• Nathan on 12.06.2011 at 1:04 pm

      @ Carlitos

      “Hit them in the pocketbook” is an essentially meaningless concept as applied to a corporation. The costs of fines are merely passed on to shareholders and customers.
      – – –

      A more appropriate deterent to corporate greed causing death is criminal prosecution of CEOs and senior officials under the laws governing Corporate Manslaughter. Germany and Italy conduct frequent investigations into CEO manslaughter and have for many decades – this man be one of the reasons German cars have some of the best safety records on the planet. Italy actually found a CEO guilty of Homocide this year.

      – – –

      It is theoretically possible to prosecute for CRIMAL liability in the USA, but it almost never happens. IMO this is part of the USA cultural double standard where “the rich get away with murder”

  • Student on 12.06.2011 at 11:41 am

    I’m really interested in what they find. I personally have noticed how the MBTA is just covered in alcohol ads, especially at South Station. There were literally massive banners hanging from the train terminal for Stella Artois and Tanguerey. How can the public transportation services allow this? Especially when so many students live in this city…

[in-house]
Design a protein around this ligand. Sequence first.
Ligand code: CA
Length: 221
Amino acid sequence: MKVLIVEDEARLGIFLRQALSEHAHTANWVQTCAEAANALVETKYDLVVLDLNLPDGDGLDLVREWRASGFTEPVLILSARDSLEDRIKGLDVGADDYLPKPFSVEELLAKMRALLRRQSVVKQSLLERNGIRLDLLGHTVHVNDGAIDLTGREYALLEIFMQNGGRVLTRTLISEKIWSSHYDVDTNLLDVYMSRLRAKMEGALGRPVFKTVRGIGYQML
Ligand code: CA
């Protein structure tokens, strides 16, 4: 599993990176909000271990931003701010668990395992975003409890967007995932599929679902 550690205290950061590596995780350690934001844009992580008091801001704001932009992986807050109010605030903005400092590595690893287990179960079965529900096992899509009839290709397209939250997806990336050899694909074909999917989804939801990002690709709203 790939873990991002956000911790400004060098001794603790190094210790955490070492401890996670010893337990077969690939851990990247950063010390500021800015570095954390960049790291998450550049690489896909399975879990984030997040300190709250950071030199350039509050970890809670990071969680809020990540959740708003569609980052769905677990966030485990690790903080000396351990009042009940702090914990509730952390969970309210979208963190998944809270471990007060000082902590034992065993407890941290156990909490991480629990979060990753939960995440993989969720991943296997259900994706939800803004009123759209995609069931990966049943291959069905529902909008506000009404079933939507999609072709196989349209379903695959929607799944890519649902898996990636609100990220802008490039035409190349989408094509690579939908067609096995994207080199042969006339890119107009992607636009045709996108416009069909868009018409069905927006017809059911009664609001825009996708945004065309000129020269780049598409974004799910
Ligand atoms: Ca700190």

• Student on 12.06.2011 at 1:06 pm

    This study will find one thing: that its all about how cheap it is. Broke, underage kids drink Keystone and Rubinov because they are cheap. It has nothing to do with their advertising campaign. What a waste of 2.4 million dollars.

    • Arthur on 12.06.2011 at 3:06 pm

      Seriously. Any 12-15 year old who decides they will try alcohol gives their friends older brother $20 and says “I’ll take whatever I can get.” Or they dip into mom/dads liquor cabinet. Even with advertising, at that age, they’re not comparing their options of what they’ll drink that night as long as it’s inexpensive.

    • Student on 12.08.2011 at 1:05 pm

      This is exactly what they are going to find, I can’t believe that they would actually waste 2.4 million dollars on it. And how will it cost 2.4 million dollars to survey 1,000 students? That is just absurd…I would like to see an itemized report of how that money is being used.

  • Person on 01.20.2012 at 10:22 am

    When I was underage we would drink anything we could get! When we had a choice it was mostly driven by what the older kids recommended.

    I imagine this study is going to ‘rediscover’ what the top advertising companies already know.

    Answering the Student’s comment above, depending on how the sponsor organization is structured you can probably get hold of the accounting books to see where the money goes.